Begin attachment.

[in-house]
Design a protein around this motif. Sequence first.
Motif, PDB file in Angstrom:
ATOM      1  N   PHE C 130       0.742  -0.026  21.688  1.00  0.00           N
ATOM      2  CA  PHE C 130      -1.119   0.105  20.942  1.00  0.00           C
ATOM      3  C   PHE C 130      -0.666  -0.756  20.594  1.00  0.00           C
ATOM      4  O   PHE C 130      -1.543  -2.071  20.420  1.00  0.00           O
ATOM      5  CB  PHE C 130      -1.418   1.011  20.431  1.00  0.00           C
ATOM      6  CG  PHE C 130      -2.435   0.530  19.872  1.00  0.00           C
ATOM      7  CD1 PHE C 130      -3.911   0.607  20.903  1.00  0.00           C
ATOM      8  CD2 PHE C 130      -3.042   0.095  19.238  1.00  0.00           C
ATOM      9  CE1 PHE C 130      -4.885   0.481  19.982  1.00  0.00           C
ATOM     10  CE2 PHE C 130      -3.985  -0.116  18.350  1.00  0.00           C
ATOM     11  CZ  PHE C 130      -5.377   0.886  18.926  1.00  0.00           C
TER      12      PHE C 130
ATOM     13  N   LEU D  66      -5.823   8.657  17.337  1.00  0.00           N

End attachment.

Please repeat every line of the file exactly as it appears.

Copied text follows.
[in-house]
Design a protein around this motif. Sequence first.
Motif, PDB file in Angstrom:
ATOM      1  N   PHE C 130       0.742  -0.026  21.688  1.00  0.00           N
ATOM      2  CA  PHE C 130      -1.119   0.105  20.942  1.00  0.00           C
ATOM      3  C   PHE C 130      -0.666  -0.756  20.594  1.00  0.00           C
ATOM      4  O   PHE C 130      -1.543  -2.071  20.420  1.00  0.00           O
ATOM      5  CB  PHE C 130      -1.418   1.011  20.431  1.00  0.00           C
ATOM      6  CG  PHE C 130      -2.435   0.530  19.872  1.00  0.00           C
ATOM      7  CD1 PHE C 130      -3.911   0.607  20.903  1.00  0.00           C
ATOM      8  CD2 PHE C 130      -3.042   0.095  19.238  1.00  0.00           C
ATOM      9  CE1 PHE C 130      -4.885   0.481  19.982  1.00  0.00           C
ATOM     10  CE2 PHE C 130      -3.985  -0.116  18.350  1.00  0.00           C
ATOM     11  CZ  PHE C 130      -5.377   0.886  18.926  1.00  0.00           C
TER      12      PHE C 130
ATOM     13  N   LEU D  66      -5.823   8.657  17.337  1.00  0.00           N